actions aimed at increasing penalties have been bottle-necked in Congress and in federal courts, but such roadblocks alone won't stop employers from facing increased headaches and costs from OSHA visits to workplaces. Increased OSHA inspections will allow the agency to spot and cite violations with increased frequency, the federal agency is also changing the rules which govern how penalties are applied to greatly reduce the latitude given to employers and set employers up to face quickly-increasing fines for workplace safety violations.
In writing for the Society of Human Resource Management labor attorney Allen Smith reported on a presentation by Nina Stillman, a labor attorney with Morgan Lewis in Chicago. As penalties are capped by existing federal laws, OSHA has increased penalties by ramping up the use of repeat violator citations. Stillman said OSHA “is doing repeats all over the place.” Such citations are very costly for employers, costing up to five times the penalty of the first-offense citation.
- Lengthening the time for considering an employer’s history of serious, willful, repeat or failure-to-abate violations from three to five years.
- Lowering the reduction levels provided to employers based on size—for example, no size reduction will be allowed for employers with more than 251 workers, according to the memo.
- Increasing minimum penalties for serious violations to $500.
- Limiting OSHA area directors’ discretion to offer penalty reductions without obtaining approval from OSHA regional offices.
- Eliminating the 10 percent reduction for employers participating in a strategic partnership.
- Raising final penalties from a range of $1,500 to $7,000 to a range of $3,000 to $7,000.
OSHA is also cracking down on repeat offender employers by way of it's Severe Violator Enforcement Program. An OSHA media release describes the program's efforts:
This supplemental enforcement tool includes increased OSHA inspections in these worksites, including mandatory OSHA follow-up inspections, and inspections of other worksites of the same employer where similar hazards and deficiencies may be present.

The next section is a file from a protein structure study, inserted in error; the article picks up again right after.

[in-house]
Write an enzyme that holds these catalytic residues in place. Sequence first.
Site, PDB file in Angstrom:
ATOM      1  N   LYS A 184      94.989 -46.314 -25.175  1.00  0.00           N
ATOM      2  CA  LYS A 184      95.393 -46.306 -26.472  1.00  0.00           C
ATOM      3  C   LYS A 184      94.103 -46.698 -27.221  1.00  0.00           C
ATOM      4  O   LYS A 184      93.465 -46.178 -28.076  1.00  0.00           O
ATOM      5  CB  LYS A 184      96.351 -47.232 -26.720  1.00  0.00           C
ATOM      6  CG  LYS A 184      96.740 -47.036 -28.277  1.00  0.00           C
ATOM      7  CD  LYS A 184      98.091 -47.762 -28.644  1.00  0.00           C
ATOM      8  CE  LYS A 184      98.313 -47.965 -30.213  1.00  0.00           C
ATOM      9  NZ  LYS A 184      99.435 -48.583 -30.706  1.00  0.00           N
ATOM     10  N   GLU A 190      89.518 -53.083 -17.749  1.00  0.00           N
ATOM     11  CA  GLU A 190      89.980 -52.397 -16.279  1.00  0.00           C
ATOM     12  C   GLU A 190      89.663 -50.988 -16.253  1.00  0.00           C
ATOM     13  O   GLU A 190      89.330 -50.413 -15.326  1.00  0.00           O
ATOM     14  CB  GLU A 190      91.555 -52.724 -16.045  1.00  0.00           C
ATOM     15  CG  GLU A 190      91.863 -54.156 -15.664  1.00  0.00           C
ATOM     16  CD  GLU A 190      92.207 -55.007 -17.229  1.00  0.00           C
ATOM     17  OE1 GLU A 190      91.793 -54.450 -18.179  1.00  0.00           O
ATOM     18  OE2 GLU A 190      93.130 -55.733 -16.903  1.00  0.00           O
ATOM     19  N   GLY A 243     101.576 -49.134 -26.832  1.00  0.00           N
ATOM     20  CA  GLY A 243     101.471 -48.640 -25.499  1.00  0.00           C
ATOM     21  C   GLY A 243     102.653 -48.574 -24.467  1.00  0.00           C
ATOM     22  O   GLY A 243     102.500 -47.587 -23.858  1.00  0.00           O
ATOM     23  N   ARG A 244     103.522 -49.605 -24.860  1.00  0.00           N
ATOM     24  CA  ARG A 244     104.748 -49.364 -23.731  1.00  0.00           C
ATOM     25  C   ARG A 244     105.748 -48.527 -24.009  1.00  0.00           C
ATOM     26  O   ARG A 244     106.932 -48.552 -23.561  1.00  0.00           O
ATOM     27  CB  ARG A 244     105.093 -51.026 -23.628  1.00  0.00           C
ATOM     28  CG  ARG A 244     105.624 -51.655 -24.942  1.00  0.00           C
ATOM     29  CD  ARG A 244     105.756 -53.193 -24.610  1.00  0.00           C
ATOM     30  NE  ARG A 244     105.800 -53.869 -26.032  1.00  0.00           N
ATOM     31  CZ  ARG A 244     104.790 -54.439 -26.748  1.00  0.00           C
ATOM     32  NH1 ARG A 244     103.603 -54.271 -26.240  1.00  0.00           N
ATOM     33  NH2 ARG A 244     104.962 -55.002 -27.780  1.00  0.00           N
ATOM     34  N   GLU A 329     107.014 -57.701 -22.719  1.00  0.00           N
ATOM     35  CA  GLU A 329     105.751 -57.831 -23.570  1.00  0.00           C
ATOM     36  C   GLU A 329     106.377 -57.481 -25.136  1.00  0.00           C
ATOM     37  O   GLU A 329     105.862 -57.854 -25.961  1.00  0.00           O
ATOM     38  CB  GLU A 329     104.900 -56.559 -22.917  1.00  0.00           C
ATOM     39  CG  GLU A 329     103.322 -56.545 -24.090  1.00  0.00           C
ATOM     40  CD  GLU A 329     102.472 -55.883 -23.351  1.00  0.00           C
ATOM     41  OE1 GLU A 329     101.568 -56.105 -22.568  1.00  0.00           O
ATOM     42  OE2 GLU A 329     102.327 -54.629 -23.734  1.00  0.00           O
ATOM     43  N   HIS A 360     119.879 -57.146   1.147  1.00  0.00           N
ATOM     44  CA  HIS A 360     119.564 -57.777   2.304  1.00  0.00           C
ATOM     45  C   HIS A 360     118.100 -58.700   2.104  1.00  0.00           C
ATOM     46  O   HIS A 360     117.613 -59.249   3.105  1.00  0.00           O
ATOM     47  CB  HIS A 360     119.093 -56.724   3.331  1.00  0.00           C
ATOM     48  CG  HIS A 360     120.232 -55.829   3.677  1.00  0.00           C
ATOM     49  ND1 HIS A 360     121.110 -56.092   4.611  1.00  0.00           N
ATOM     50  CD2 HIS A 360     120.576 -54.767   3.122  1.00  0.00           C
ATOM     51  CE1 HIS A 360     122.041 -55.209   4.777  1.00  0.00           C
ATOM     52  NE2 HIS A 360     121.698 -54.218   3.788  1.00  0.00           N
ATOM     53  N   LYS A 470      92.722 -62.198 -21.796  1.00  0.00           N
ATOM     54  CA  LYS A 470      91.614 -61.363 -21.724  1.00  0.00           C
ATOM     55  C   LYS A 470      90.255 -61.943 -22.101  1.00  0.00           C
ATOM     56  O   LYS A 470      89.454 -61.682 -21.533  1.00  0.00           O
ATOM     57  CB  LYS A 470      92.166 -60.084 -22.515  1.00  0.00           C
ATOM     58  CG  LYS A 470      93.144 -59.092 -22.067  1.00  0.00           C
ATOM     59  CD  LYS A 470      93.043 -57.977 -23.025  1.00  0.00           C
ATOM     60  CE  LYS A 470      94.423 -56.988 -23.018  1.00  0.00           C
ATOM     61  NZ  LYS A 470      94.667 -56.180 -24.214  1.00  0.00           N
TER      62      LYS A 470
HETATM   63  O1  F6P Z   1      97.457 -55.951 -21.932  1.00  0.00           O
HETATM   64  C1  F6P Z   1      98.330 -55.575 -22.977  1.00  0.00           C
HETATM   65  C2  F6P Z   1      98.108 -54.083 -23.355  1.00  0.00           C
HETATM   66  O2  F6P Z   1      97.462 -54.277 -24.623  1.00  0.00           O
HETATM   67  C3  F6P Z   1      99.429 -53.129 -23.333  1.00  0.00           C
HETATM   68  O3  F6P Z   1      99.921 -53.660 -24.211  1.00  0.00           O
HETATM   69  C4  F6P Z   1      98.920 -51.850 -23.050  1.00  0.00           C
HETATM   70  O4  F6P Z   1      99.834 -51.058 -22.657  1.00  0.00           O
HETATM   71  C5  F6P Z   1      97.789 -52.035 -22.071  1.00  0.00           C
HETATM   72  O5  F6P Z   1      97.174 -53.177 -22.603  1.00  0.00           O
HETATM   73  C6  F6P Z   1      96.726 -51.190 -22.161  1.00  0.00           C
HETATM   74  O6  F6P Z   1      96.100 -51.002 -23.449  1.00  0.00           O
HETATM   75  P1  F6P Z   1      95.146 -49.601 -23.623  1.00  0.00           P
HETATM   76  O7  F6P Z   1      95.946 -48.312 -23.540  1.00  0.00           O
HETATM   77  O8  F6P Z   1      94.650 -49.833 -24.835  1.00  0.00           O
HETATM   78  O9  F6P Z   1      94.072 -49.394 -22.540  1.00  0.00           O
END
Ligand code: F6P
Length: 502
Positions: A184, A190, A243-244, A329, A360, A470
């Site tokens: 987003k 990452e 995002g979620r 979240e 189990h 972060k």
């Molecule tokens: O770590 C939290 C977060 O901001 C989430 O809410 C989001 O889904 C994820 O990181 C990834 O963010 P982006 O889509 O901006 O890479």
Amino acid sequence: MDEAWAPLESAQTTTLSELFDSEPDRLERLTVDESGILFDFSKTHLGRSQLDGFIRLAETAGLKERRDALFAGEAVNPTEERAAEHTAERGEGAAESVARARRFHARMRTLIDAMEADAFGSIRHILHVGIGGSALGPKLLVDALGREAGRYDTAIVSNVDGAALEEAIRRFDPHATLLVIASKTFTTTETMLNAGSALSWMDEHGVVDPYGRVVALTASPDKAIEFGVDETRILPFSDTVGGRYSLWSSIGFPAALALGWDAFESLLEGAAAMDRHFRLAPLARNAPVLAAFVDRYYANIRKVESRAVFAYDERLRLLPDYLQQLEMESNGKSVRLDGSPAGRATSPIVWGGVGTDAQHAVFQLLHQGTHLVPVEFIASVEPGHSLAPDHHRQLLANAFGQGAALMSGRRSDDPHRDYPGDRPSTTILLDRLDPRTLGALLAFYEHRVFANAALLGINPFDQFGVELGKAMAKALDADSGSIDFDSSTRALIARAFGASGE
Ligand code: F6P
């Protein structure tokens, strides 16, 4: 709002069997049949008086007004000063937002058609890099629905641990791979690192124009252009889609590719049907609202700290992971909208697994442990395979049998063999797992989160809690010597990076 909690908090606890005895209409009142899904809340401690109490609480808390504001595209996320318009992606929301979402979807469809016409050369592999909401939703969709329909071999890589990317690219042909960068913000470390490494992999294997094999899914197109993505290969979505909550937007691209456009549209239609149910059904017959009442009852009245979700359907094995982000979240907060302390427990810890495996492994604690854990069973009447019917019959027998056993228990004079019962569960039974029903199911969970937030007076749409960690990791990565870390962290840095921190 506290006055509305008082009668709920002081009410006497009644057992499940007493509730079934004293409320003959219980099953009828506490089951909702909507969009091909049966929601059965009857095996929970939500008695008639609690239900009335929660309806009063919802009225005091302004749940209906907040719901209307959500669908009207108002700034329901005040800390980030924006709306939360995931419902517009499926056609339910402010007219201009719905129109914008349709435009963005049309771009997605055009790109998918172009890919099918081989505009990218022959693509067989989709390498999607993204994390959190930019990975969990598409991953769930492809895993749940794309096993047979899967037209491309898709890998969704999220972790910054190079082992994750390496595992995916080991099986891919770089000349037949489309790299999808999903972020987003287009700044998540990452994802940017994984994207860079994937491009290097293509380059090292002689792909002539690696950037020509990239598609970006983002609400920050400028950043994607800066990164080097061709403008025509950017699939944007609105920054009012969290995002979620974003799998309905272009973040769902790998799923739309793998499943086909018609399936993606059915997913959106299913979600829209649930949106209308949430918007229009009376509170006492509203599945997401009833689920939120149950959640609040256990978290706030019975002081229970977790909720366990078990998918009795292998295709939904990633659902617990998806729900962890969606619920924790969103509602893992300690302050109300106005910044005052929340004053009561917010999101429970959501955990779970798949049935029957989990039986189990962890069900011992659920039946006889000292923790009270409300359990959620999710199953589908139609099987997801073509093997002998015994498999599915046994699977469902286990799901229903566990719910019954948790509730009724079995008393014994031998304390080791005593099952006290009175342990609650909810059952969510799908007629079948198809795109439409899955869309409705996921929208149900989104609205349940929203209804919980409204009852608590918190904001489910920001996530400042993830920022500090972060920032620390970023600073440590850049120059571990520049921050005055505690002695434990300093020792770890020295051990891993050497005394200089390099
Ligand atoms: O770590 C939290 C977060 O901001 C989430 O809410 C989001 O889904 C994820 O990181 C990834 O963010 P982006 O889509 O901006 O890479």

Such stepped-up provisions are bound to increase revenue by way of repeat-offender penalties, which are much higher per violation.
While the agency is ramping up enforcement and seeking to increase penalties upon employers, these efforts have hit walls in both Congress and in the courts:
- Legislation entitled the Protecting America's Workers Act stalled when it became stuck in the House. It's not likely the current House leadership will allow the legislation to move forward in its present form. This legislation would uncap existing maximum penalties of $7,000 for serious violations and $70,000 for willful violations, increasing them to $12,000 and $250,000 respectively and adjusting them for inflation in the future.
- On April 6, 2012, the U.S. Circuit Court of Appeals for the District of Columbia ruled in favor of a construction contractor with a ruling in AKM LLC d/b/a Volks Constructors v. Secretary of Labor that held that OSHA’s citation policy for old recordkeeping errors violated the OSH Act’s provision that no citation may be issued after six months following the occurrence of any violation.
While employers should strive to maximize safety on their work sites and places of business, these changes by OSHA, as well as other efforts which are being made, signal that there will be less leeway and tougher enforcement down the road. Even mistakes made without the knowledge of management or in contradiction of established safety policies will become increasingly expensive in the years to come. Thus employers should make their best efforts to keep informed about these changes, as well as tighten up their safety practices in workplaces.